57.5% of the Swiss people have voted to ban the construction of minarets, towers that adorn Muslim mosques. Consequently, Switzerland has been criticised by religious leaders from around the world.
The purpose of a minaret is to call devotees to prayer, something already banned in Switzerland. Minarets in Switzerland are therefore pretty towers which adorn mosques, much in the same way a steeple might adorn a Church. Why not then ban steeples too, and every other religious symbol in Switzerland? This direct targeting of the Muslim community in Switzerland seems unfair, intolerant and in fact entirely pointless.
The campaign was put forth by the Swiss People’s Party (SVP), who have argued that the minaret is a “power symbol of political Islam.” Their propaganda campaign posters depicted a woman covered in a burkha with minarets in the background, shooting up like missiles ready to fire. The poster was banned in three Swiss cities and rebuked throughout Europe and by the UN. The government opposed the ban and the decision may now be overturned in court. However, this seemingly harmless opposition to a religious symbol points to a much deeper hatred and fear that has taken root all over Europe.
The Swiss people clearly believe that the four minarets which currently exist in Switzerland are enough. Building any more would apparently lead to the “islamification” of the country. The message coming from Switzerland, a country that has been a symbol for tolerance, liberalism and openness throughout modern history, is astounding. Although there has been outrage at the decision from religious leaders there has also been mounting support in other countries.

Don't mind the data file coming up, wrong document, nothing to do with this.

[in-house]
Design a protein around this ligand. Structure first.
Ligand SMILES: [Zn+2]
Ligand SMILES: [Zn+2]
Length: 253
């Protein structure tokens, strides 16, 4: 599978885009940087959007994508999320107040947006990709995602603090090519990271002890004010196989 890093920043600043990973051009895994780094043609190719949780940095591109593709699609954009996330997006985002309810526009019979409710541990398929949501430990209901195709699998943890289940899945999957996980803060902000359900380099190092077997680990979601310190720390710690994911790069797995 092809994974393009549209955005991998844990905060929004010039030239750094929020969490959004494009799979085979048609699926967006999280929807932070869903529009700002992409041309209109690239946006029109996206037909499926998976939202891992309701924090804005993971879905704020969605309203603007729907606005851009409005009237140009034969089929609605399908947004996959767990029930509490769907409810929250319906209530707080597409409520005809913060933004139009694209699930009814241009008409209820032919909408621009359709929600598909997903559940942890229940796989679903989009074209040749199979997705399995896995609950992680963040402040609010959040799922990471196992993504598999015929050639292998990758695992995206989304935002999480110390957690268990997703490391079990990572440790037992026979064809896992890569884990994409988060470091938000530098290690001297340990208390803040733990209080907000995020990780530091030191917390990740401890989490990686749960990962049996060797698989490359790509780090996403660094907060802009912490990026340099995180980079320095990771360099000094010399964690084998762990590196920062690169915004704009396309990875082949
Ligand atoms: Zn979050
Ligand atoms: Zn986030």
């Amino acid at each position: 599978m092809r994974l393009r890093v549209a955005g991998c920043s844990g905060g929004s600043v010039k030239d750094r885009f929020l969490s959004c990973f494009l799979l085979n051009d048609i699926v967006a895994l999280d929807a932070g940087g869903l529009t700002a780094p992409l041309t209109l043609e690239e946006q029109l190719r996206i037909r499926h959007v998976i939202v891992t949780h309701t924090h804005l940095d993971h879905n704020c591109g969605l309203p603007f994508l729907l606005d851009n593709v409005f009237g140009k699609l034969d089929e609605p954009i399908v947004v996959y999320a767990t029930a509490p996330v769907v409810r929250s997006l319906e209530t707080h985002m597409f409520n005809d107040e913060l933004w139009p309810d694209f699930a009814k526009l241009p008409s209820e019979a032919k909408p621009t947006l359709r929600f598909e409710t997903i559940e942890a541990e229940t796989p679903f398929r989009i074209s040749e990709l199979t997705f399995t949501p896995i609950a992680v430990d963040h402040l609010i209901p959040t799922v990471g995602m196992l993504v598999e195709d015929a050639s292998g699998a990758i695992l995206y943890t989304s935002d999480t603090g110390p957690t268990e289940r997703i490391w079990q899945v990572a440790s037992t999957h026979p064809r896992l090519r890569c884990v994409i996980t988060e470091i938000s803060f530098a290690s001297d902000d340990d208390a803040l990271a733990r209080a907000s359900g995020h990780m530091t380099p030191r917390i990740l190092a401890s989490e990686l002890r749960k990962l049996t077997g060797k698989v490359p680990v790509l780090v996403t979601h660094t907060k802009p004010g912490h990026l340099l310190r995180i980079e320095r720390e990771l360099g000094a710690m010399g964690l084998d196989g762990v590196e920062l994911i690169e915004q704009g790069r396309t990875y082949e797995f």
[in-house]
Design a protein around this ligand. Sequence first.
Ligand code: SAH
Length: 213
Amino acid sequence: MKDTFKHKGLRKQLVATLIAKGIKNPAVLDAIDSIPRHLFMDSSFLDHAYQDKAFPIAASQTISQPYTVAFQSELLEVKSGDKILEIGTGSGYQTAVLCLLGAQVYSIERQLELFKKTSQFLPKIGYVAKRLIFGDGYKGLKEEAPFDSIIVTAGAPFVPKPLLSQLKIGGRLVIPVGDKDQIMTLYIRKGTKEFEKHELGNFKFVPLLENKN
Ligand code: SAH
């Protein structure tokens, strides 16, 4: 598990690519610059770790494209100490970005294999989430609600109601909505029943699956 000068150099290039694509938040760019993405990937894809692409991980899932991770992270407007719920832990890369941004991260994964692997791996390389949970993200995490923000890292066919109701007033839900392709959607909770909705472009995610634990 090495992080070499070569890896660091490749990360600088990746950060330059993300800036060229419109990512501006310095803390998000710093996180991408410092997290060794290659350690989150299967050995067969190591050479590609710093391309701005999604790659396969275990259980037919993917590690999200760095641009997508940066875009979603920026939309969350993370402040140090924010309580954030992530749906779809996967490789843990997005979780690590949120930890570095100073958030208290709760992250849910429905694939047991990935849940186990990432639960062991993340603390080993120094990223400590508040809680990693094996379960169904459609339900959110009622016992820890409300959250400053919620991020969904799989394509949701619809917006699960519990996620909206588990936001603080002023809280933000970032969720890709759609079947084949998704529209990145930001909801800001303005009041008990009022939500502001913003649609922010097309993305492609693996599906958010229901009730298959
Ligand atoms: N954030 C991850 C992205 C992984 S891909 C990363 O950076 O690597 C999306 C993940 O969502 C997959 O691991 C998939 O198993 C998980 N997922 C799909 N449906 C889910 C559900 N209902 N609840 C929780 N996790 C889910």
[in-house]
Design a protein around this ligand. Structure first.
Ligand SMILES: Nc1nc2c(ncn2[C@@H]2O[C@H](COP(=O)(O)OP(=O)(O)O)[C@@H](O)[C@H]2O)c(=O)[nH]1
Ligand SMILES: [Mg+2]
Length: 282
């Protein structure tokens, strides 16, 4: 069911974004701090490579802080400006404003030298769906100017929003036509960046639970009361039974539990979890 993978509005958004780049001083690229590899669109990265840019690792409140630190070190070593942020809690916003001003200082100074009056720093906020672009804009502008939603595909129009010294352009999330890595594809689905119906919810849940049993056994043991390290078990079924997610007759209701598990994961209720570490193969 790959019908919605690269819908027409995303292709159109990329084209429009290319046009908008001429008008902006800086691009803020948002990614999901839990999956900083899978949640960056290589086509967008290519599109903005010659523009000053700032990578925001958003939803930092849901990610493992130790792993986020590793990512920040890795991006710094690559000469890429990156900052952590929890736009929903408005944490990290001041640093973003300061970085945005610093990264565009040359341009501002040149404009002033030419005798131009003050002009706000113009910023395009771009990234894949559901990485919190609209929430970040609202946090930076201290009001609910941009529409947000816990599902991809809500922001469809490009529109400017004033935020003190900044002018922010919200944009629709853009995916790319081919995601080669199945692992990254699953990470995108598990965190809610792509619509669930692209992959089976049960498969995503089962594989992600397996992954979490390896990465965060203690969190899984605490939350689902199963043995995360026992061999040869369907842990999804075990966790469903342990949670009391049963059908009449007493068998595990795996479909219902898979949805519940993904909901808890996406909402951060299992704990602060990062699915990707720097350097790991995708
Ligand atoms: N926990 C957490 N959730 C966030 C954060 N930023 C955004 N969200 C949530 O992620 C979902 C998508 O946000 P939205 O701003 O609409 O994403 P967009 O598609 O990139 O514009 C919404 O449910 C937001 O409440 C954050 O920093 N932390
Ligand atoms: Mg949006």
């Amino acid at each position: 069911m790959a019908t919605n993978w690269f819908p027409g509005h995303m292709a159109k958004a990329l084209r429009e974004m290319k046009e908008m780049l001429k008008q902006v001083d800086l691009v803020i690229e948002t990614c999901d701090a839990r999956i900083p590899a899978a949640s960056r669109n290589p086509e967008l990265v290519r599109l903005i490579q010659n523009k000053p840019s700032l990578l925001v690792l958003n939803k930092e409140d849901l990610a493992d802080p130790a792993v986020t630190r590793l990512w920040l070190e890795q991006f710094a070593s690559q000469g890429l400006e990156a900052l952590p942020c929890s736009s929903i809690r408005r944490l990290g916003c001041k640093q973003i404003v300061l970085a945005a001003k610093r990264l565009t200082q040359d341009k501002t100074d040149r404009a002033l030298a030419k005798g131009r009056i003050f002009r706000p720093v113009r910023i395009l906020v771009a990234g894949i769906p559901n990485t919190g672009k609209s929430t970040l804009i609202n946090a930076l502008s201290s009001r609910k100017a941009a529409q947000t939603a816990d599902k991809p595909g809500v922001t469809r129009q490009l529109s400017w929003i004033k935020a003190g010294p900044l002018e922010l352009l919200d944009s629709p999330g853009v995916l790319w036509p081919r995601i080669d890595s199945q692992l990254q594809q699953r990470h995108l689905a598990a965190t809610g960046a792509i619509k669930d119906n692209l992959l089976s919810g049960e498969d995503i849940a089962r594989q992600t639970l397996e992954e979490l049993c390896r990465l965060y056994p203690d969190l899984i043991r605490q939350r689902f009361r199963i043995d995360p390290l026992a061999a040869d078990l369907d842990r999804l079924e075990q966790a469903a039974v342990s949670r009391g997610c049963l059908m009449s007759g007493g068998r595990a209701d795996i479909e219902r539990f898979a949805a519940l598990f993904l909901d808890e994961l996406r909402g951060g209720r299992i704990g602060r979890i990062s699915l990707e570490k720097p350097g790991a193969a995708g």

The fact that this decision has been taken in a “free” country, in opposition to the Geneva Convention, is shocking. The double standard of freedom and xenophobia that Switzerland is now advocating is disgusting: they should either ban all religious symbols or none at all. They are instead persecuting the 400,000 Swiss Muslims who are the only real victims of this ban.
Instead of taking a strong stand against Islamic fundamentalists, it demonstrates an irrational fear which is beginning to take over Europe. It speaks of bigoted intolerance and as headlines all over the world are pointing out, it may “prompt global repercussions”.
In countries which preach tolerance, as well as religious and personal freedom, this decision is entirely hypocritical and in the end, futile. Banning minarets is not going to stop “islamification”, as it is called, will merely anger, not only the extremists, but the innocent Muslim population. Banning architectural motifs is not a very useful way to fight terrorism.